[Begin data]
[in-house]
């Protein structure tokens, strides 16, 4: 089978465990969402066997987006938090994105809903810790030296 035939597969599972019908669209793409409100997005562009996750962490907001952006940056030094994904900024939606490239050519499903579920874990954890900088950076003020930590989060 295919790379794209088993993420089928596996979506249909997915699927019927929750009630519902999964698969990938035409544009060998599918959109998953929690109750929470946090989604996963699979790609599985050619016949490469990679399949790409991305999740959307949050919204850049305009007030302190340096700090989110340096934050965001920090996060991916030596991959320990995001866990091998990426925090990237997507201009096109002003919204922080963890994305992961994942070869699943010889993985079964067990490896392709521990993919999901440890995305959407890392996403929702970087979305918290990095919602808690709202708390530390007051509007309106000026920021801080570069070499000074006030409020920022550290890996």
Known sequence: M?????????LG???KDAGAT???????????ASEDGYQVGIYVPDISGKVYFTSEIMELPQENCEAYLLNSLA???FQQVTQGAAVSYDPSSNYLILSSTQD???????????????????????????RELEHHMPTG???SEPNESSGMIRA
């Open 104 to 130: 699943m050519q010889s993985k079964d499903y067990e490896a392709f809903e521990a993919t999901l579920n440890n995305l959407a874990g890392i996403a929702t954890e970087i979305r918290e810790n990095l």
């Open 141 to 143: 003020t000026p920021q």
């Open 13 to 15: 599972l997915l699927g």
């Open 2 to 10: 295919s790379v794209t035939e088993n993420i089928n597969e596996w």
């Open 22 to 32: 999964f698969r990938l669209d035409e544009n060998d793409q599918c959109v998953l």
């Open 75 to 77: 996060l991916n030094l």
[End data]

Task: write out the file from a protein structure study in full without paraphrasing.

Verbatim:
[in-house]
């Protein structure tokens, strides 16, 4: 089978465990969402066997987006938090994105809903810790030296 035939597969599972019908669209793409409100997005562009996750962490907001952006940056030094994904900024939606490239050519499903579920874990954890900088950076003020930590989060 295919790379794209088993993420089928596996979506249909997915699927019927929750009630519902999964698969990938035409544009060998599918959109998953929690109750929470946090989604996963699979790609599985050619016949490469990679399949790409991305999740959307949050919204850049305009007030302190340096700090989110340096934050965001920090996060991916030596991959320990995001866990091998990426925090990237997507201009096109002003919204922080963890994305992961994942070869699943010889993985079964067990490896392709521990993919999901440890995305959407890392996403929702970087979305918290990095919602808690709202708390530390007051509007309106000026920021801080570069070499000074006030409020920022550290890996």
Known sequence: M?????????LG???KDAGAT???????????ASEDGYQVGIYVPDISGKVYFTSEIMELPQENCEAYLLNSLA???FQQVTQGAAVSYDPSSNYLILSSTQD???????????????????????????RELEHHMPTG???SEPNESSGMIRA
């Open 104 to 130: 699943m050519q010889s993985k079964d499903y067990e490896a392709f809903e521990a993919t999901l579920n440890n995305l959407a874990g890392i996403a929702t954890e970087i979305r918290e810790n990095l």
């Open 141 to 143: 003020t000026p920021q």
């Open 13 to 15: 599972l997915l699927g």
């Open 2 to 10: 295919s790379v794209t035939e088993n993420i089928n597969e596996w």
């Open 22 to 32: 999964f698969r990938l669209d035409e544009n060998d793409q599918c959109v998953l």
């Open 75 to 77: 996060l991916n030094l």